Enteropathic spondyloarthritis: from diagnosis to treatment.

Peluso R, Di Minno MN, Iervolino S, Manguso F, Tramontano G, Ambrosino P, Esposito C, Scalera A, Castiglione F, Scarpa R - Clin. Dev. Immunol. (2013)

The bowel component in the pathogenesis of seronegative spondyloarthritis.
© Copyright Policy
Related In: Results  -  Collection

License
Show All Figures
getmorefigures.php?uid=PMC3649644&req=5

fig1: The bowel component in the pathogenesis of seronegative spondyloarthritis.
Mentions: In addition to genetic susceptibility, an important role was also been given to the environmental factors in triggering the onset of disease. In fact, bacterial gut infections such as Yersinia enterocolitica, Salmonella typhimurium, Campylobacter jejuni, and Shigella spp may cause joint inflammation in genetically predisposed patients. Given the prototypical link between certain bacterial infections and the onset of reactive arthritis, several studies have aimed to assess the role of intestinal flora in disease progression, as well as the resulting changes in mucosal response [69]. On the basis of these observation, the possible pathways involved in joint and gut inflammation in EA may be the following: in the acute phase of inflammation, bacterial infections can cause acute intestinal inflammation. Certain bacteria may survive intracellularly in macrophages that can traffic to the joint and cause an arthritis in a genetically predisposed host. Proinflammatory cytokines such as TNF and IL-23 are produced locally, with Paneth cells being the most important producers of IL-23 in the intestine. This expression can activate innate immune cells (NK) to produce IL-22 that may help control inflammation at mucosal sites. Otherwise, damage and pathogen associated molecular pattern molecules (DAMPs and PAMPs) and cellular stretch might promote initiation of joint inflammation. In the transition phase, acute intestinal and articular inflammation can be sustained due to defective immune regulation by TREG cells, or by ER stress, whereas iNKT cells act as regulators to control inflammation. Proangiogenic factors such as PlGF can lead to aberrant neovascularisation. These events may lead to chronicity, further enhanced or maintained by repetitive cellular stress. In this stage, stromal cells become more important, as targets for proinflammatory cytokines (Figure 1).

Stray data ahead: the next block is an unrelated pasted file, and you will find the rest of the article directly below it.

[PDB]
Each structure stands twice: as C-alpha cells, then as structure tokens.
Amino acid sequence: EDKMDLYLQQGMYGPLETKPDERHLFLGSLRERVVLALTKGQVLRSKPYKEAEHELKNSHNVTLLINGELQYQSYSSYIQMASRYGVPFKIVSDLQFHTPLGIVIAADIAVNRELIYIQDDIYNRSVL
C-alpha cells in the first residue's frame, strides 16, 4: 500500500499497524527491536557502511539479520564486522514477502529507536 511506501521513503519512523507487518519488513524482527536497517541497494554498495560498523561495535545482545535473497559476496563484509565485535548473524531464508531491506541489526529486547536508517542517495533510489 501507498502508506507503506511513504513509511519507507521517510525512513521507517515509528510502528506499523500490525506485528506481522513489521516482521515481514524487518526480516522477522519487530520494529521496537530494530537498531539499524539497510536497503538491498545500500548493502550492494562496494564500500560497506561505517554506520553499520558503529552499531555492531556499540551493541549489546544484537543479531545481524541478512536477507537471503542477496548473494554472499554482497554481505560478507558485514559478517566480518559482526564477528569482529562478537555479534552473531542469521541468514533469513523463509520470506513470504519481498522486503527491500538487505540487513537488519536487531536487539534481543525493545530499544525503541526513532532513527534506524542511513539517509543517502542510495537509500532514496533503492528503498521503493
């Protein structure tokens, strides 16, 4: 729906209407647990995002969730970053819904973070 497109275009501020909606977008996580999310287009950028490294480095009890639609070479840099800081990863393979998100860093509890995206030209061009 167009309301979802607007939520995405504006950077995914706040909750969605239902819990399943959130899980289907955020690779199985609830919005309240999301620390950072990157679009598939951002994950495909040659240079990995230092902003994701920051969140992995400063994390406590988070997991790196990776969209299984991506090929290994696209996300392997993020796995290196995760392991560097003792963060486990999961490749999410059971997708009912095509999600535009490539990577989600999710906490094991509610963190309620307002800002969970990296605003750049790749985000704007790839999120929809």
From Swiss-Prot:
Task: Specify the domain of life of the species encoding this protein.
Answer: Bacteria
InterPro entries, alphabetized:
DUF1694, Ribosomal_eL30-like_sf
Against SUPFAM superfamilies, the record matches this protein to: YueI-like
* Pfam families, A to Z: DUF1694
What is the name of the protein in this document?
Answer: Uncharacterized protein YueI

Bottom Line: Rheumatic manifestations are the most frequent extraintestinal findings of IBD with a prevalence between 17% and 39%, and IBD is associated, less frequently, with other rheumatic disease such as rheumatoid arthritis, Sjogren syndrome, Takayasu arteritis, and fibromyalgia.Although the pathogenesis of EA has not been plainly clarified, the most popular theory supposes that joint inflammation occurs in genetically predisposed subjects with bacterial gut infections, provided an important evidence for a possible relationship between inflammation of the gut mucosa and arthritis.The management of patients with EA requires an active cooperation between the gastroenterologist and rheumatologist.

View Article: PubMed Central - PubMed

Affiliation: Rheumatology Research Unit, University Federico II, 80131 Naples, Italy. rosario.peluso2@unina.it

ABSTRACT
Enteropathic arthritis (EA) is a spondyloarthritis (SpA) which occurs in patients with inflammatory bowel diseases (IBDs) and other gastrointestinal diseases. Diagnosis is generally established on the medical history and physical examination. It was, generally, made according to the European Spondyloarthropathy Study Group (ESSG) criteria. Rheumatic manifestations are the most frequent extraintestinal findings of IBD with a prevalence between 17% and 39%, and IBD is associated, less frequently, with other rheumatic disease such as rheumatoid arthritis, Sjogren syndrome, Takayasu arteritis, and fibromyalgia. Although the pathogenesis of EA has not been plainly clarified, the most popular theory supposes that joint inflammation occurs in genetically predisposed subjects with bacterial gut infections, provided an important evidence for a possible relationship between inflammation of the gut mucosa and arthritis. The management of patients with EA requires an active cooperation between the gastroenterologist and rheumatologist.

Show MeSH
Related in: MedlinePlus